WAV Versus MP3 Files
Today we answer the question,
"What is best for recording EVPs, MP3 or WAV?"
With all things in paranormal evidence gathering one needs to keep “evidence” in it's purest form. In photography and video-graphy this is referred to as a Raw Image File – which is basically a file that the camera has yet to process into a “standard saving format" such as TIFF or JPEG.
Audio also has a variation of this known as WAV which stands for WAVE AUDIO FILE FORMAT - WAV is the Microsoft version of this format, Apple Macs use AIFF format
Wav. is the recording in its rawest digital form and is usually uncompressed. This format is easily compressed into other formats such as MP3, but as with all compression, will lose some audio quality with the filtering that compression causes.
One disadvantage of the WAV file is its large size, which is due to the rawness of the audio. Many recorders limit this to a 4 gigabyte chunk, which is equivalent to about 6.8 hours of CD quality audio.
Sony Sound Forge uses a 64bit recording option allowing for greater audio sample quality.
Mp3 was devised by the Moving Picture Experts Group or “MPEG” as most people know them. MP3 uses the “Lossy compression algorithm” to encode and compress data, this causes a significant loss of data to make file sizes smaller and easier to transfer.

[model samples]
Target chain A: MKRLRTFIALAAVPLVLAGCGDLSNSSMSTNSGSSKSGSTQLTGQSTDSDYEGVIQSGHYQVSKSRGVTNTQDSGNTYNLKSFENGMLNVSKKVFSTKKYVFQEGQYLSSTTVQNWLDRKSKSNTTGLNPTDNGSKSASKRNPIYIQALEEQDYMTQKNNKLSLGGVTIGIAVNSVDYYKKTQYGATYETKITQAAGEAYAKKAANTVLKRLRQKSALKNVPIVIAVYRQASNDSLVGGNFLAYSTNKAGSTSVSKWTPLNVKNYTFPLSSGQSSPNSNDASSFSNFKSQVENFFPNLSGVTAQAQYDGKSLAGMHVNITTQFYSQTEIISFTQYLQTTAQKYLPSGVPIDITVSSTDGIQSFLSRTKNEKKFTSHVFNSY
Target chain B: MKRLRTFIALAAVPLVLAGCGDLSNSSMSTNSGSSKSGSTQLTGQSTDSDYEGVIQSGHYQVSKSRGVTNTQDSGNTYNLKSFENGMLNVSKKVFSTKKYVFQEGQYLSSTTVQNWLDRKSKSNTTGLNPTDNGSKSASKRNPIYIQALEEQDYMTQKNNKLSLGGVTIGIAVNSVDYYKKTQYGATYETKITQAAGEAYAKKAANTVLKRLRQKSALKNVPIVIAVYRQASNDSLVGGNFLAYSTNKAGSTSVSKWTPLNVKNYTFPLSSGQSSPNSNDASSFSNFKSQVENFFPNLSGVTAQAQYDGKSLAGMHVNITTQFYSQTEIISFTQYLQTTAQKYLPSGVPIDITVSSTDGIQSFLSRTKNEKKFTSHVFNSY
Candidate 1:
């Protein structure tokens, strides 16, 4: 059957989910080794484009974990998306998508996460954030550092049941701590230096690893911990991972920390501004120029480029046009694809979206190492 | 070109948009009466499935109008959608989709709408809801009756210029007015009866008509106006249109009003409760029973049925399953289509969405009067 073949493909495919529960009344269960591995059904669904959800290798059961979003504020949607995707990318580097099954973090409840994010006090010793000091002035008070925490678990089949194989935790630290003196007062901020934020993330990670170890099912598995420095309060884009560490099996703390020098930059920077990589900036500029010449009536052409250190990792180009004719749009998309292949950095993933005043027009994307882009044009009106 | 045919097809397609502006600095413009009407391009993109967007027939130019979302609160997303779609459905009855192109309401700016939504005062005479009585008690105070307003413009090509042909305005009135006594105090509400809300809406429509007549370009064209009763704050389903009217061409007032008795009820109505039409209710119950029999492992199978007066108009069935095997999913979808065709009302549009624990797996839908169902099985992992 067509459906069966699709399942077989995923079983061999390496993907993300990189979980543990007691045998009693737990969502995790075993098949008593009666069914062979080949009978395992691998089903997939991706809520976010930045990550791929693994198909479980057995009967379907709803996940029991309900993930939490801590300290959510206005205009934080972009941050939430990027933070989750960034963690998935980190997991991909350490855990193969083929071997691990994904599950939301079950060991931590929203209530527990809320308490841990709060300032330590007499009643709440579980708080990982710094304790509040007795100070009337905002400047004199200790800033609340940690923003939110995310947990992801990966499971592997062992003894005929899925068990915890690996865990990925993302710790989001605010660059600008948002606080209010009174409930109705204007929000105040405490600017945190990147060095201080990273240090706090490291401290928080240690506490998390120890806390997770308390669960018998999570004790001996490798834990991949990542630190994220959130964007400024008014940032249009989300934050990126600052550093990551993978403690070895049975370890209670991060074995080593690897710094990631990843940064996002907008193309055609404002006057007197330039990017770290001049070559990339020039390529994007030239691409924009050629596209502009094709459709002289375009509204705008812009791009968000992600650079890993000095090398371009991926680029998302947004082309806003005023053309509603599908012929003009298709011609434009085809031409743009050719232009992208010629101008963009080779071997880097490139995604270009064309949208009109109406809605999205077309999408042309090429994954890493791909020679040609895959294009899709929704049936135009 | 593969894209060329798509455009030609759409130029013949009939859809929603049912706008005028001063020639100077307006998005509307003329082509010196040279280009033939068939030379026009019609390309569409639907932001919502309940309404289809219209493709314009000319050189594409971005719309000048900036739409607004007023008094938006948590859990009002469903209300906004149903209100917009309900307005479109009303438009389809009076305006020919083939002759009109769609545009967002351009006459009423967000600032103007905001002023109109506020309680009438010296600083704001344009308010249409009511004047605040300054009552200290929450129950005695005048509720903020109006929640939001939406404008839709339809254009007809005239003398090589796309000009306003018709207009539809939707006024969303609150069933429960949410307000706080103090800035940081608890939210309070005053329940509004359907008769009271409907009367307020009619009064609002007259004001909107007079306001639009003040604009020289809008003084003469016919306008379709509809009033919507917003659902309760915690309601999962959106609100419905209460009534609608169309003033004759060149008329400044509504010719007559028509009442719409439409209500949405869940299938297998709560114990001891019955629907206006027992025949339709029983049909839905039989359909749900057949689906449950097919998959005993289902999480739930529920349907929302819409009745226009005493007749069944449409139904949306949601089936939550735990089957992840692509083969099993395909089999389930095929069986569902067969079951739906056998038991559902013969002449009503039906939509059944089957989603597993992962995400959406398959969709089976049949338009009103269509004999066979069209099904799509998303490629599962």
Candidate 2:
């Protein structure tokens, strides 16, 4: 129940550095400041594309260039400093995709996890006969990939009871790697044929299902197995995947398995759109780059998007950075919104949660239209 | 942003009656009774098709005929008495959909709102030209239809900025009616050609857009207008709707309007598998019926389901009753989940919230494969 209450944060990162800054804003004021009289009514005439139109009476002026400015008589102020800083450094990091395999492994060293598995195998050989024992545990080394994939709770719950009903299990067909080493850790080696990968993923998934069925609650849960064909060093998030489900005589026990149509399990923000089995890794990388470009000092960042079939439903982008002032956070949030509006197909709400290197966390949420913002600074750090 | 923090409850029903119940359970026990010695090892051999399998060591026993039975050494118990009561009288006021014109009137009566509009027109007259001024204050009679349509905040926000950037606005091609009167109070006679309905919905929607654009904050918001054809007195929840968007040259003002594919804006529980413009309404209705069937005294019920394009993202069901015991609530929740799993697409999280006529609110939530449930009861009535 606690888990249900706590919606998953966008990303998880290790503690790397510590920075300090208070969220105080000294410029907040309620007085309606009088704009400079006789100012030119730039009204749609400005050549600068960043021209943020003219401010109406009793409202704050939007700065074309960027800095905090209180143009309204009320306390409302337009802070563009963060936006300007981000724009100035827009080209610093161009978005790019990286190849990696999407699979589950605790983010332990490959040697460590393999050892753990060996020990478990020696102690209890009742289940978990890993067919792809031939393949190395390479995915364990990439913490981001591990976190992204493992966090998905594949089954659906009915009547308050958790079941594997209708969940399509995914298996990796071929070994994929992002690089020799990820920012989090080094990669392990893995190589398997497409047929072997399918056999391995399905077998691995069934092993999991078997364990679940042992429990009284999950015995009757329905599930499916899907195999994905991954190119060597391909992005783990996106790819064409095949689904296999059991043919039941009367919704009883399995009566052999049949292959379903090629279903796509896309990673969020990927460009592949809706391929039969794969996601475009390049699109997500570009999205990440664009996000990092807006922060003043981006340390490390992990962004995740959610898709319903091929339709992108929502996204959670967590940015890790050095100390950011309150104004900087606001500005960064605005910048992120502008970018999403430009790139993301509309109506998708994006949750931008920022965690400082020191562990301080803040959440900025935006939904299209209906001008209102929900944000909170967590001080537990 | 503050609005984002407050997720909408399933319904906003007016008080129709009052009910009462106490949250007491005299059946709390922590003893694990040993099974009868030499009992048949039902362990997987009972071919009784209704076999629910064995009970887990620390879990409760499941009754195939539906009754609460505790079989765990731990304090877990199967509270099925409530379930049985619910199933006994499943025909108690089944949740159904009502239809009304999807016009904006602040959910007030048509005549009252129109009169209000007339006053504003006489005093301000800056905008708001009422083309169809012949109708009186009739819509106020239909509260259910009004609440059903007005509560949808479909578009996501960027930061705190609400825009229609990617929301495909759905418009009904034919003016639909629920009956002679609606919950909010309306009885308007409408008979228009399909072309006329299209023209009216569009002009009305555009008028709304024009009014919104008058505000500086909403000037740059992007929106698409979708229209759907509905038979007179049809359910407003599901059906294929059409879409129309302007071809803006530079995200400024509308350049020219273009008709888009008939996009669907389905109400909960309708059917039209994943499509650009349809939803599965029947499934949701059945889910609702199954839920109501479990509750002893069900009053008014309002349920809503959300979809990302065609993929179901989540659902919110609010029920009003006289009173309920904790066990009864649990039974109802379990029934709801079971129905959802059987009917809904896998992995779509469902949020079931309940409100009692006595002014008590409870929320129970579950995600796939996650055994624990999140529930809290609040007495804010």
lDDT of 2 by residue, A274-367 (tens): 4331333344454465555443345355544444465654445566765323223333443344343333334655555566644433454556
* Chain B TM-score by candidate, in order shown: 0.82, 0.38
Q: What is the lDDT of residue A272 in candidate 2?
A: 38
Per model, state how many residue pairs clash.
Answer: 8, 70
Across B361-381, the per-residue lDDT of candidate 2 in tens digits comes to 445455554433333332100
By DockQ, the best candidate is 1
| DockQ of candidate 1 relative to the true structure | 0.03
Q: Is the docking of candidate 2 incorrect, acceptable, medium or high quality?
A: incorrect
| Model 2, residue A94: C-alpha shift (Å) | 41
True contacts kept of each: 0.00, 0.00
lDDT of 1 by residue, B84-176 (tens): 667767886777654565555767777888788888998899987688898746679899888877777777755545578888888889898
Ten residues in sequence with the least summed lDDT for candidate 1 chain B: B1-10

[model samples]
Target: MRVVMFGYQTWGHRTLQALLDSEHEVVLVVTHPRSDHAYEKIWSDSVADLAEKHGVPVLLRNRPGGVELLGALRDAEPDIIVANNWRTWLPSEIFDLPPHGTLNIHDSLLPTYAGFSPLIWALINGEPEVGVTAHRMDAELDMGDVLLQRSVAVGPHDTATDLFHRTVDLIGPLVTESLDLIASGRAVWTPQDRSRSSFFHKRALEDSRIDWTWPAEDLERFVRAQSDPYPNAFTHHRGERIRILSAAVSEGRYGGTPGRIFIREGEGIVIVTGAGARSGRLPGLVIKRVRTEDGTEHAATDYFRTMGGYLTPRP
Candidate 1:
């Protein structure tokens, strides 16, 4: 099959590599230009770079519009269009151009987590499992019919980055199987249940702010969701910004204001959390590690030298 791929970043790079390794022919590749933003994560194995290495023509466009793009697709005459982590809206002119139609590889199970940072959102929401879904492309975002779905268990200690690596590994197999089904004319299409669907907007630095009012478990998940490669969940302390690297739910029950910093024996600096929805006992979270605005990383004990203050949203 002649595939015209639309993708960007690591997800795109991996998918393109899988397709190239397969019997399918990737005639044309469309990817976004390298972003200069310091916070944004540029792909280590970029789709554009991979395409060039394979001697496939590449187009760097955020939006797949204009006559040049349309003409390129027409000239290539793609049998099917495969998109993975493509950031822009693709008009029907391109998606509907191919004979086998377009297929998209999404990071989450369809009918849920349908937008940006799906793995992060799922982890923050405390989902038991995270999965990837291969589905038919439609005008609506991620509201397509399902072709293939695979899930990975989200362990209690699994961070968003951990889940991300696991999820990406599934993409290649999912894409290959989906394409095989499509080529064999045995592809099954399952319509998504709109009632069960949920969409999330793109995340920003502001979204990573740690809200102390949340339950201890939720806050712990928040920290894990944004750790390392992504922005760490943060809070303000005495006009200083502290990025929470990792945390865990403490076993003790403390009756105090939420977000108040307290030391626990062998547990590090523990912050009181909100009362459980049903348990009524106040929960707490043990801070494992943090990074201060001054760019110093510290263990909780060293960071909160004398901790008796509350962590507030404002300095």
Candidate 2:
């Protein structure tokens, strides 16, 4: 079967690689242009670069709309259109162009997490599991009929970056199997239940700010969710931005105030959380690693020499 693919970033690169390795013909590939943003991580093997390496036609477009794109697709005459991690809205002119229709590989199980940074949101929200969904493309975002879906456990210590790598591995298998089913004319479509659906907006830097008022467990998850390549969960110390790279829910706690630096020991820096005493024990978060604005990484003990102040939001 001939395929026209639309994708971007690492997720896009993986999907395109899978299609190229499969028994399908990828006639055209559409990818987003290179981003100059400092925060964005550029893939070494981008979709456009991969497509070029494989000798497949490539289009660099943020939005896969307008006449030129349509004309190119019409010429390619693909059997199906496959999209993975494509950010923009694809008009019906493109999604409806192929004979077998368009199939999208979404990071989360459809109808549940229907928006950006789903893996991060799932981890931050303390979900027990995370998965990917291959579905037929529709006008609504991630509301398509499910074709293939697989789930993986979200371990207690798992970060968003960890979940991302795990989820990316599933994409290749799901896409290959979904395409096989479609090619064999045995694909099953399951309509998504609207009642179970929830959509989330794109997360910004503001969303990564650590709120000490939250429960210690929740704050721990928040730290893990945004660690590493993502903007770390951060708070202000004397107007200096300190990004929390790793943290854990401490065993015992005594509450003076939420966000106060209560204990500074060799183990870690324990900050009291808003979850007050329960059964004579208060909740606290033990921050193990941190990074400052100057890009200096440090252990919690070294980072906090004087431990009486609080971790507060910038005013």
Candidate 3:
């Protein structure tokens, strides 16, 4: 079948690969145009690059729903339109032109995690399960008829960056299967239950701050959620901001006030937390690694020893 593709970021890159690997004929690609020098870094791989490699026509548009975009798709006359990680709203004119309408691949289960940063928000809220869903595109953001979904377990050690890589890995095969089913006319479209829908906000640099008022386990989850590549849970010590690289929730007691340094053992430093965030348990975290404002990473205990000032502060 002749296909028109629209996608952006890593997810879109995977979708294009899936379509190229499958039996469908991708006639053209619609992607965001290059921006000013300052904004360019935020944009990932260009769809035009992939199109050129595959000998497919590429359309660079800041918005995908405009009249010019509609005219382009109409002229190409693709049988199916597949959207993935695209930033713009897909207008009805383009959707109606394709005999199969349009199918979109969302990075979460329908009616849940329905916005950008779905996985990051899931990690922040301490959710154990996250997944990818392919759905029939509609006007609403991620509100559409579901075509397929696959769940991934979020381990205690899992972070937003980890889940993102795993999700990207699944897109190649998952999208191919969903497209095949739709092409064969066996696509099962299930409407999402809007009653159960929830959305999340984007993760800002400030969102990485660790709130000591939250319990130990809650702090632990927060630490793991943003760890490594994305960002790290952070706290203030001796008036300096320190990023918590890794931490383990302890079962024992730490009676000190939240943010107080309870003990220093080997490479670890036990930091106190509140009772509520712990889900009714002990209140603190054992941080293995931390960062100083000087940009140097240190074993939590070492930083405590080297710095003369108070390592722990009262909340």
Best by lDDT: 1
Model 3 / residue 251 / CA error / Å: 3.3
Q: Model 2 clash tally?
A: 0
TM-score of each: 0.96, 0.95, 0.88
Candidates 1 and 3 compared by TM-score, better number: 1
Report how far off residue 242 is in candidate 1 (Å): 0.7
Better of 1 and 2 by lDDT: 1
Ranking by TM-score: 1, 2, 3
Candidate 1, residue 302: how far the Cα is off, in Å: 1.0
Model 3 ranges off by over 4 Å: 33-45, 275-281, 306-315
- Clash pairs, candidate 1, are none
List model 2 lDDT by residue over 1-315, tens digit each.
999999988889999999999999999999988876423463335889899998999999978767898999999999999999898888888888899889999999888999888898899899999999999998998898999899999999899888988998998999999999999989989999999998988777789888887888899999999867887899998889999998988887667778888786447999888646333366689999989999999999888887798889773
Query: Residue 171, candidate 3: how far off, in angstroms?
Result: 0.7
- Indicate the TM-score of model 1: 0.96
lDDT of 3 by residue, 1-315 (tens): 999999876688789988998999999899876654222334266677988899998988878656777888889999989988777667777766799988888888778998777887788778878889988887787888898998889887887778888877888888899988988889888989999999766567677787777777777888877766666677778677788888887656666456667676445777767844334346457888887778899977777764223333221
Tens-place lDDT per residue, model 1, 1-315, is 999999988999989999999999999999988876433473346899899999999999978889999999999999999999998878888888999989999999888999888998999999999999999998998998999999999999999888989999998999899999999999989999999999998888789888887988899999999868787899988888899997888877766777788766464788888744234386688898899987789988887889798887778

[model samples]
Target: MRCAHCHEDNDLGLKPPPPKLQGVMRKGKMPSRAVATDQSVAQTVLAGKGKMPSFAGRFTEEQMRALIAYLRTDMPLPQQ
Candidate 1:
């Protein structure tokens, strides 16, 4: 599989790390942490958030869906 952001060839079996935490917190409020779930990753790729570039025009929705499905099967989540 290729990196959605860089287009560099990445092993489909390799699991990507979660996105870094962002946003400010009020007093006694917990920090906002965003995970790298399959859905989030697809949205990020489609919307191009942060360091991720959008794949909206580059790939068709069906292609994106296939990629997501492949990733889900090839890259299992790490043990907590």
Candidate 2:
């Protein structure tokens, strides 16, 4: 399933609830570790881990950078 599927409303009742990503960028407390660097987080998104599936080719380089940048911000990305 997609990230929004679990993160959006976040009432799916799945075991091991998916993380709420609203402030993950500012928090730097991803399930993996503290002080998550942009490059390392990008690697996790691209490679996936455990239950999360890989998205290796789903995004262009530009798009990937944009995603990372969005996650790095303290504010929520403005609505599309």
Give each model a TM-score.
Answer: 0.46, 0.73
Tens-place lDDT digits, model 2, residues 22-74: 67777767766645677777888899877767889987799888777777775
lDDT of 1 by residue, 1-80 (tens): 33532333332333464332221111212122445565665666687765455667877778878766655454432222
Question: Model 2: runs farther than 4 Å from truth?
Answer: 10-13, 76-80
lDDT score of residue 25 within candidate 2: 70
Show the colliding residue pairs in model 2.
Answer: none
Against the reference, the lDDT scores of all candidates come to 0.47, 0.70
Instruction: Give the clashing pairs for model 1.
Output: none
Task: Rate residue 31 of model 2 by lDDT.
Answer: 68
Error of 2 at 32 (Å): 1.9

(you can see a picture representation of this on Wikipedia here: http://en.wikipedia.org/wiki/Lossy_compression )
Advantages of MP3 are the ability to split and “album-wrap” audio files and the ability to upscale or downsize a file format and audio quality – however neither of these are useful to the paranormal investigator.
Essentially what we are looking for is to keep our EVP files as raw as possible for ourselves and other investigators, as well as audio specialists to be able to evaluate what we have captured in its purest digital form. MP3 format does not allow us to do this, thus the WAV files format is a much more useful tool – the only downside being when one tries to make a video of their EVP capture, some video editing programs use MP3 encoding as standard and therefore the audio quality will drop in the video.
This can also apply to uploads to some social network sites and site similar to Youtube.
Researched and Written by
For the S.A. Paranormal Meet-up May 12th 2012
This site features a "Sound Test" of both formats